At 70, Kent Phillips could have thrown in the trowel. Two knee replacements last year challenged him to grow vegetables. But Phillips, of Columbia, soldiered on. Rather than kneel, he’d let the garden come to him. Raised beds, it would be.
“Taking care of a 1,500-square-foot garden became too onerous. It was time to downsize,” the certified Maryland Master Gardener said. “This [140 square feet] is more manageable.”
Now the peas, carrots, Italian kale and other crops flourish in four neat wood-framed plots set as much as two feet above ground outside the home Phillips shares with Mary Patton, his longtime partner.
Step out David Boteach’s front door and a gentle world beckons — one filled with wondrous plants, waterfalls and whimsical bronze busts of fauna peeking over the leafy flora. More than 35 years in the making, the garden remains “a work in progress,” says Boteach.
“There’s no reason older people can’t grow food,” he said. “Northing is better than picking a fresh head of broccoli and steaming it the same day. And the sugar snap peas, well, they never make it out of the garden.”
For 42 years, Phillips has raised his own lip-smacking organic produce. For nearly a decade, since completing the University of Maryland Extension Service’s Master Gardener class, he has shared his know-how with others, addressing Howard County schools, garden clubs and library groups on the highs (and woes) of growing edibles. A retired federal economist, Phillips is a volunteer spokesman for the university’s Grow It! Eat It! outreach program. In his landscape philosophy, the lawn comes last.
“Nobody in our family eats grass except Taffy, the dog,” he said.
Phillips’ own spring garden mirrors his presentations. The rich loamy plots face south where, sandwiched between a full-grown maple tree and several leggy pin oaks, they get 10 to 12 hours of sun daily — the minimum needed for fruiting plants, he said. The peas climb a trellis on the west edge, so as not to shade others.
The raised beds, with their deep friable soil, sustain intensive gardening, allowing plants to snuggle closer. To that end, he squeezes lettuce between the broccolis, whose ample leaves offer a welcome canopy to the greens on hot days.
“Once, while harvesting, we found a mother rabbit and her babies curled up among the lettuce,” said Patton, 71. “We left them alone; we have plenty of lettuce.”
A gardener herself, Patton works alongside her partner, weeding and cultivating favorites like Tuscan kale, whose bumpy leaves she harvested in early May to make a rib-sticking sausage, potato and kale soup.
When one crop is done, another digs in. Brassicas yield to tomatoes; lettuces give way to peppers. Succession planting is routine in a small raised bed garden.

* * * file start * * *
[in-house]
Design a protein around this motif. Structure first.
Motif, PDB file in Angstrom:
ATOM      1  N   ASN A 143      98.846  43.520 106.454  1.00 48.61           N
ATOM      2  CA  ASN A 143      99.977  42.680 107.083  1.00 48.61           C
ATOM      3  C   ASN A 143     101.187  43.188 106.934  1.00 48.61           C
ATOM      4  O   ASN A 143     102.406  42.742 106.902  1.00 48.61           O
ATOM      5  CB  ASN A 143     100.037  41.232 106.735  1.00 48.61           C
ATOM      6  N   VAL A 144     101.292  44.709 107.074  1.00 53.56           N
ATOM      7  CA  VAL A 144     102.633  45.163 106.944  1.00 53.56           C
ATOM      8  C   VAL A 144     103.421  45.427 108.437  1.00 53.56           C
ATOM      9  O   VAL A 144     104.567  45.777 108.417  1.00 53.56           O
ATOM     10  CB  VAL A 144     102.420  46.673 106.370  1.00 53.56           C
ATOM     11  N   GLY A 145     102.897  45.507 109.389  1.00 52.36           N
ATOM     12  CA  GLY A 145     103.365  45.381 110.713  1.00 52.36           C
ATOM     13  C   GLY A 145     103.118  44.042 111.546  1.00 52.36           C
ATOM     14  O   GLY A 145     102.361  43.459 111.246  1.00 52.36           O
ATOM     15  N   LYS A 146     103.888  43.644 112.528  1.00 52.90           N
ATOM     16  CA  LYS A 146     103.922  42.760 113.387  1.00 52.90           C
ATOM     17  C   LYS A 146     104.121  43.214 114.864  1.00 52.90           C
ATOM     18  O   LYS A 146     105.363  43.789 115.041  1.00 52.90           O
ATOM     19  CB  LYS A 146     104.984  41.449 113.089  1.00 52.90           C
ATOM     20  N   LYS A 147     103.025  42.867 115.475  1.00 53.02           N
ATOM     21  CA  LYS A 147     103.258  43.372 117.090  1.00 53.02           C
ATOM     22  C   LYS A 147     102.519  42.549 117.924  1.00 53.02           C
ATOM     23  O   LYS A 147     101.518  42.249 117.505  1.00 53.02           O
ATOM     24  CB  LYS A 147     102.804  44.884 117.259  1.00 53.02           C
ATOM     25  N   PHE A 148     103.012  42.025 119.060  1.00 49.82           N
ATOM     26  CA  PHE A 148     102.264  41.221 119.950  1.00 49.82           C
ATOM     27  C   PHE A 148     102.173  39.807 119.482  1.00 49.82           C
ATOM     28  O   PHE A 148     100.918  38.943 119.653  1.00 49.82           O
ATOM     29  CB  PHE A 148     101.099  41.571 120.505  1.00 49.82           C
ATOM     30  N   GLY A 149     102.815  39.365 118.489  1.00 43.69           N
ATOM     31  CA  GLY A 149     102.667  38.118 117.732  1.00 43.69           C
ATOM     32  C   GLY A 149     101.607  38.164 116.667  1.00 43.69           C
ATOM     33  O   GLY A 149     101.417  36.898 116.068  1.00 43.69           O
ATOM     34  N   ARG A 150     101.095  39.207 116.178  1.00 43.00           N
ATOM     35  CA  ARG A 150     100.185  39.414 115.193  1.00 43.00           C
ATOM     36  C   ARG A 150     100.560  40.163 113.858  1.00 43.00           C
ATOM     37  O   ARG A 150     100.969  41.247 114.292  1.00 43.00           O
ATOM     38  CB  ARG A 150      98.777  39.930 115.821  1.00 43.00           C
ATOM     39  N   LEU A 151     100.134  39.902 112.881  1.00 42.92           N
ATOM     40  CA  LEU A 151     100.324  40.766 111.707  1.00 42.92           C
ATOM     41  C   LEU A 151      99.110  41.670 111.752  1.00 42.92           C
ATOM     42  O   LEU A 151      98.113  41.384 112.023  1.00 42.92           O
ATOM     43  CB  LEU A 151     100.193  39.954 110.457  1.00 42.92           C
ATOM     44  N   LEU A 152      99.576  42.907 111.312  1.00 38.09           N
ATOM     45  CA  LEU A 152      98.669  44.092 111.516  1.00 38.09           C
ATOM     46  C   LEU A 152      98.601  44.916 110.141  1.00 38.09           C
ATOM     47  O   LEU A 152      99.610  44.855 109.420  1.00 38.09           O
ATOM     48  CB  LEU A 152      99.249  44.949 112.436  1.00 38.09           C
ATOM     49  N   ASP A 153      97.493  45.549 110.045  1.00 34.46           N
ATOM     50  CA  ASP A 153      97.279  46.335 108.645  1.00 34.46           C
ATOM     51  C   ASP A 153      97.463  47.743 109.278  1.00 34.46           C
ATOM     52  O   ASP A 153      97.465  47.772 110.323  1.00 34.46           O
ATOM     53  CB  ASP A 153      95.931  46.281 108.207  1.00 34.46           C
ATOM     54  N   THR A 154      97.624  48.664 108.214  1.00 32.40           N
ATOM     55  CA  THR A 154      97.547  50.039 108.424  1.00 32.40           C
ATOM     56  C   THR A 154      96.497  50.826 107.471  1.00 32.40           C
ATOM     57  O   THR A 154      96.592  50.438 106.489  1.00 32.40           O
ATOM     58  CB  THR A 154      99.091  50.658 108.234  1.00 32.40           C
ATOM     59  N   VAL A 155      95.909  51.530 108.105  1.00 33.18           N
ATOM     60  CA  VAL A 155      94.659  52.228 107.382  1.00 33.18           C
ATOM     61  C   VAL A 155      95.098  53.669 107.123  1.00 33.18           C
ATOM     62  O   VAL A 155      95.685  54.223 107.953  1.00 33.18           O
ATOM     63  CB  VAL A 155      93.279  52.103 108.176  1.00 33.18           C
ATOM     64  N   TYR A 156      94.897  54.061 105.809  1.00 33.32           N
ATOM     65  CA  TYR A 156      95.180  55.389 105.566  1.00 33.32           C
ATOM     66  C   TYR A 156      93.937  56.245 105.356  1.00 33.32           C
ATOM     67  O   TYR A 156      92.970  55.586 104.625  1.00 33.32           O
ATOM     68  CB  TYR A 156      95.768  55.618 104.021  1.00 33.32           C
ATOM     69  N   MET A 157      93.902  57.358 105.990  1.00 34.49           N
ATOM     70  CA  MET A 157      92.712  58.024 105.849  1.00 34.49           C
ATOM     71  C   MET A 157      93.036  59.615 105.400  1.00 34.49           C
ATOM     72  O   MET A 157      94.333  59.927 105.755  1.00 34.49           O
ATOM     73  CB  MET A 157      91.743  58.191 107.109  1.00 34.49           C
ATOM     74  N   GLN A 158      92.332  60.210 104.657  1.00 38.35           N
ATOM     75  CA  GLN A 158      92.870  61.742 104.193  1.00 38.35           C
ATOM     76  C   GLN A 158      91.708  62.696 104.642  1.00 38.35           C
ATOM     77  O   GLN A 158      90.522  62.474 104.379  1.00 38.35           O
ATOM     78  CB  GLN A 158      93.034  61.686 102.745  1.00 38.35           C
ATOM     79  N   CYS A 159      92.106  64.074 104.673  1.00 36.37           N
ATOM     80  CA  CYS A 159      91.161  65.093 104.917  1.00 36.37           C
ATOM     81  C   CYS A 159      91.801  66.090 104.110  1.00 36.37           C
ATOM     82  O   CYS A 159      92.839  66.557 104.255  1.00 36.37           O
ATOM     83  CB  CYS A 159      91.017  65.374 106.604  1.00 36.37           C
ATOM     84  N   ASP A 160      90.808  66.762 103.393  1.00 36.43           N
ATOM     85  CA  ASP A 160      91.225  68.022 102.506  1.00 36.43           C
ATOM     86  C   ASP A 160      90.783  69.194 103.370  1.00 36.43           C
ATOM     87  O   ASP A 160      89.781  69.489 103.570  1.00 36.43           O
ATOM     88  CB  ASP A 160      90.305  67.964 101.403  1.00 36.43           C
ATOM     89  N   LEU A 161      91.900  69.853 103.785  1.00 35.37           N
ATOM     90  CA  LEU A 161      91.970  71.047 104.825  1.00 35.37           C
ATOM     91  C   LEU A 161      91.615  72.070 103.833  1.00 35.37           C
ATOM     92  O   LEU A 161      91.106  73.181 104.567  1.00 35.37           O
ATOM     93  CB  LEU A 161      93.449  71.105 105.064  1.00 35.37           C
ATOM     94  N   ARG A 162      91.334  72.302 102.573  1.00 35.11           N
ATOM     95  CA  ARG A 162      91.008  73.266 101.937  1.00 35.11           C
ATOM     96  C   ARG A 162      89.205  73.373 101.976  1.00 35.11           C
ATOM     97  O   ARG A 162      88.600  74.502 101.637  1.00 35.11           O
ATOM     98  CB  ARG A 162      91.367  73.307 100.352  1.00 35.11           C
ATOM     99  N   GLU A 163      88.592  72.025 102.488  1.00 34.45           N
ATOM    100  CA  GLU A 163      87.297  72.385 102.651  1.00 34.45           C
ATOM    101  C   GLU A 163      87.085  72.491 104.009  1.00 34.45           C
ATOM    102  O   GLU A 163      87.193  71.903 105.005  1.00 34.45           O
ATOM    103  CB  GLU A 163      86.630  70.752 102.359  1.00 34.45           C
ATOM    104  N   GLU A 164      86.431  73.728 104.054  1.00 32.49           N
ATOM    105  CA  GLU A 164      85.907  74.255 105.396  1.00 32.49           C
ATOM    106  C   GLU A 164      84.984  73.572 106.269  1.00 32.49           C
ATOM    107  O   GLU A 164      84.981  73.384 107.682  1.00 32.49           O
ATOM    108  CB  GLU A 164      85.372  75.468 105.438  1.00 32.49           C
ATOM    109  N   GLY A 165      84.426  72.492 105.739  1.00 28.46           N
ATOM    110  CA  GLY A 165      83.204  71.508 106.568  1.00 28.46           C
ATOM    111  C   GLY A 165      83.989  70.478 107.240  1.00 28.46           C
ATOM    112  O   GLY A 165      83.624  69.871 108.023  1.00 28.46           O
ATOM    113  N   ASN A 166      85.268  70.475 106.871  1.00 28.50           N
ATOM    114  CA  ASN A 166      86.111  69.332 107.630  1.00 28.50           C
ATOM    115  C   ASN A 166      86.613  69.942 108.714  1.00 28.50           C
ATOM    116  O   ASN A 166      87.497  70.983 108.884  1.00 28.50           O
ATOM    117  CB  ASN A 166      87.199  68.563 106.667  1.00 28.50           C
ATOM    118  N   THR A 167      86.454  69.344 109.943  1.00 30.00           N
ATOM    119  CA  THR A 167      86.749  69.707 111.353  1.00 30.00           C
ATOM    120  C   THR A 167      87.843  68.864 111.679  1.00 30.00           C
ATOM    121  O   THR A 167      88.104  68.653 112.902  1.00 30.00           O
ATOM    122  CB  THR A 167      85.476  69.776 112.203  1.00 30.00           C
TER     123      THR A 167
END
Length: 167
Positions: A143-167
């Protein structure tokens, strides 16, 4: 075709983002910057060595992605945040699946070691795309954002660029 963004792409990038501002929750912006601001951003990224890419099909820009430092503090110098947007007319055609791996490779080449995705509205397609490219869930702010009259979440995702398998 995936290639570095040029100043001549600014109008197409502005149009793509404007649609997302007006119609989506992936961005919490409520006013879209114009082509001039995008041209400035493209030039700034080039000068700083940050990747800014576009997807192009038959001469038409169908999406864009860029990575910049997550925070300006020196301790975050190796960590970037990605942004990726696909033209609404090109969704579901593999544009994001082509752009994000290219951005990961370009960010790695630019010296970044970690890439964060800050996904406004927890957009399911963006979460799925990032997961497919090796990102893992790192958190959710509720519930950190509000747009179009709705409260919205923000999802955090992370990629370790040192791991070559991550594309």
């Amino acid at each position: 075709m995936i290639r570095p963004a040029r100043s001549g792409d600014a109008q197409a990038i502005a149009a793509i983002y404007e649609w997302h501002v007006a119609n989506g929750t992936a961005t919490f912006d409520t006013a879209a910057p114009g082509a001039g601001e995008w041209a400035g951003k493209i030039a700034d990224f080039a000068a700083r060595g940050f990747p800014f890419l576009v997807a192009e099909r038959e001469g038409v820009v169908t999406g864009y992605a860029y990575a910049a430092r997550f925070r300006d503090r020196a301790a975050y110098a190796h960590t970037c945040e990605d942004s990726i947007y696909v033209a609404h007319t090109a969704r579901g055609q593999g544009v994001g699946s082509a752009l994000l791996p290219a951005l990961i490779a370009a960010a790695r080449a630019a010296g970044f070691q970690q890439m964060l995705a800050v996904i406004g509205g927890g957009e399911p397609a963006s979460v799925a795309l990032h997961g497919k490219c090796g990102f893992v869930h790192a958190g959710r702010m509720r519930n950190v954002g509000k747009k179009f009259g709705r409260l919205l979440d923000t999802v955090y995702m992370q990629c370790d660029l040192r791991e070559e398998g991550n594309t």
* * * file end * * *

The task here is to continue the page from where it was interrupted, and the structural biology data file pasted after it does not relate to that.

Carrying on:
The key? Rich soil. Aside from adequate sunlight, soil preparation is the most critical part of a bountiful harvest, Phillips said.
“One of the biggest complaints I hear (from gardeners) is ‘Why aren’t my plants growing?’ Because of the fertility of the soil,” he said. “It’s all about the dirt.”
Annually, he adds at least six inches of organic matter to his plots — obtained from the hearty compost culled from the leaves, lawn clippings and food scraps delivered to the county’s Alpha Ridge Landfill in Marriottsville. There, the waste is heated in aerated piles, returned to humus, tested for contaminants and sold to the public for $23 a cubic yard.
“The microbes from that compost don’t wake up until the weather warms,” Phillips said. “So, in spring, I supply added nitrogen — blood meal or fish emulsion — to feed early plants until the compost starts releasing its own.”
To minimize disease, he grows his own seedlings, starting tomatoes and other summer crops under plant lights indoors “so I’m not importing wilts and blights from store-bought transplants. That helps, but the reality is that most fungi come in by air, so there’s no way around it other than to plant resistant varieties — and there aren’t a lot of them out there.”
To boost pollination, Phillips keeps a small apiary in the backyard. Come autumn, he’ll give the bees wide berth, having been stung 12 times in 10 minutes one day last year.
“Grow what you like and what’s expensive in stores,” he said. “I love Brandywine tomatoes, an heirloom variety that will cost you three bucks a pound if you can find them. The $1.75 that you’ll pay for a packet of seed is nothing compared to what those tomatoes are worth.”
Sometimes, during harvest, Phillips will hark back to the 1970s when he began growing food as a means of feeding his family healthy fare.
“I have pictures of my kids, when they could barely walk, sitting between the rows, playing with worms or picking broccoli and eating it,” he said. More recently, his 5-year-old grandson spotted the ferny tops of some carrots and tugged at Phillips’ shirt.